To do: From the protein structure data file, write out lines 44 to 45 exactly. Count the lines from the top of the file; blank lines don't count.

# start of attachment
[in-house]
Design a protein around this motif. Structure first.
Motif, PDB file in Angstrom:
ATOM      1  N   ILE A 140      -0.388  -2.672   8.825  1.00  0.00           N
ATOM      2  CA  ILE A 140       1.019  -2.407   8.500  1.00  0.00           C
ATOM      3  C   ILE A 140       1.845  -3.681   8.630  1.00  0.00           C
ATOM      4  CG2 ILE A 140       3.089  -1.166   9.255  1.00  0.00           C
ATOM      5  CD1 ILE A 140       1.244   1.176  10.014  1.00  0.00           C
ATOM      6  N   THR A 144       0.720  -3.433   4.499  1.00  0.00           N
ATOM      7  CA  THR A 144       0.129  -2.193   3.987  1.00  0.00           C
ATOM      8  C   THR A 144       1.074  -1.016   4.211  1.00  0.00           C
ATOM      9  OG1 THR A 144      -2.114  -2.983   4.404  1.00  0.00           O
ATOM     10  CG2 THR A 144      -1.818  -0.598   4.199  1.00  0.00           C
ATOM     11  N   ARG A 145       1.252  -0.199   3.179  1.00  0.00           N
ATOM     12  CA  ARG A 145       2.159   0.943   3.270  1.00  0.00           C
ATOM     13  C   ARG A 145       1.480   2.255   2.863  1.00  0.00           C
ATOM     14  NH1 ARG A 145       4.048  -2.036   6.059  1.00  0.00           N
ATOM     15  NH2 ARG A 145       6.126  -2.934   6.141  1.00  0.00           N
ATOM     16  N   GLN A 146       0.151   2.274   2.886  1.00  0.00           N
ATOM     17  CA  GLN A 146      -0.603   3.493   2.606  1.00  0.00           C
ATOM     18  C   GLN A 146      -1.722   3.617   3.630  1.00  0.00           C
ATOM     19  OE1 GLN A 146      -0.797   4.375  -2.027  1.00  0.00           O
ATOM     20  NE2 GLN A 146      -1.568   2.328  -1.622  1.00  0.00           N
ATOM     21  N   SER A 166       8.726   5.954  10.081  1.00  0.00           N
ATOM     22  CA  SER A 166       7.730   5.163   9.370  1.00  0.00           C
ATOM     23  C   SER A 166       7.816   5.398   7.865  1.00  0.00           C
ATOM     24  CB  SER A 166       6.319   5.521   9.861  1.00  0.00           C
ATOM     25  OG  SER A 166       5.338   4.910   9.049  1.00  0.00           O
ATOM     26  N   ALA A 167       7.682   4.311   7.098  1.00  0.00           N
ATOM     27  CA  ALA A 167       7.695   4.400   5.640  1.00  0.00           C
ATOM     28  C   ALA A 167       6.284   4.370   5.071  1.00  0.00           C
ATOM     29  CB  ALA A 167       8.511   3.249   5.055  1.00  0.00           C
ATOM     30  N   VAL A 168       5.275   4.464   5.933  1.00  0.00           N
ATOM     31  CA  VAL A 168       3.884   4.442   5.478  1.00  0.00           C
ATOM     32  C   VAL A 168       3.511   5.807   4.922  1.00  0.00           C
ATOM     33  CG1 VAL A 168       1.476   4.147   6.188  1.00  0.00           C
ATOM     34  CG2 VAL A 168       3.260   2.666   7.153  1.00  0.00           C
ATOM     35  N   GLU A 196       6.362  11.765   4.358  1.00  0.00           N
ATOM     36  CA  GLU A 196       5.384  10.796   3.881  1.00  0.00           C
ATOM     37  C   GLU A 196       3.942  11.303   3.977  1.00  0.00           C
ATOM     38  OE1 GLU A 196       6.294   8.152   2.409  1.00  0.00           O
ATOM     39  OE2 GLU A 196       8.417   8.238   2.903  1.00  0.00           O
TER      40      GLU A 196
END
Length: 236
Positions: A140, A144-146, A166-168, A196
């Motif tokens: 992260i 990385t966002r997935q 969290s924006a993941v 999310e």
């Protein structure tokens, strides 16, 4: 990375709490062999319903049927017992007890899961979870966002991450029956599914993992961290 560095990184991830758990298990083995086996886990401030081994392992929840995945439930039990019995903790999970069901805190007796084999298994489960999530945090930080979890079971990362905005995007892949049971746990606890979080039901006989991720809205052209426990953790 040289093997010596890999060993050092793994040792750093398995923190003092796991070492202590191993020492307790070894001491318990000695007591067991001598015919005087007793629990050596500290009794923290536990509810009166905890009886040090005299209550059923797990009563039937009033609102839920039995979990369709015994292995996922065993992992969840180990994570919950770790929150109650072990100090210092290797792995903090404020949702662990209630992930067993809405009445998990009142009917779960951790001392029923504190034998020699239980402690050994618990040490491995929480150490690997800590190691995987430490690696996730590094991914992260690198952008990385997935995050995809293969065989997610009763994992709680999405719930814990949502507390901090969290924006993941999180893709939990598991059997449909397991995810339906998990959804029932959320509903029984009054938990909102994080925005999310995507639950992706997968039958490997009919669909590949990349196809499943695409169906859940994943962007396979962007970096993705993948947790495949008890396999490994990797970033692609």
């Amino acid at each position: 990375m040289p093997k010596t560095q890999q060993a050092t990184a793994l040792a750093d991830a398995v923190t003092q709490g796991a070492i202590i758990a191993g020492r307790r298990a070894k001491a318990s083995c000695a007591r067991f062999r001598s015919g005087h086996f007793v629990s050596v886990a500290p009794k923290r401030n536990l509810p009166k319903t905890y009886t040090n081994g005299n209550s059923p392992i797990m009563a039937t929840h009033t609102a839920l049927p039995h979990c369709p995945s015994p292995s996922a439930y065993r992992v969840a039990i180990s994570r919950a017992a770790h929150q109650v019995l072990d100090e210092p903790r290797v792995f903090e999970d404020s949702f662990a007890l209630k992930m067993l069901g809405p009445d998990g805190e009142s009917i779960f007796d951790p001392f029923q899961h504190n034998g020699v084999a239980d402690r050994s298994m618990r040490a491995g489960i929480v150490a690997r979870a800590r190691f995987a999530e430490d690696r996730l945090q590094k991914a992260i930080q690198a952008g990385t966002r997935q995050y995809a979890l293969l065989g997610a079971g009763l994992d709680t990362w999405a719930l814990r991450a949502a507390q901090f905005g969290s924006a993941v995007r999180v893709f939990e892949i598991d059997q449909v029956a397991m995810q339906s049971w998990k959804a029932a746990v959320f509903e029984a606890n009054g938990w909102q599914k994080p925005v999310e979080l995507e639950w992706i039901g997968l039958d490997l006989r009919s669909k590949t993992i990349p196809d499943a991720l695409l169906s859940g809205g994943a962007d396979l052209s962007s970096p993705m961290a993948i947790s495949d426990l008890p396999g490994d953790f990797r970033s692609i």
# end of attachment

END
Length: 236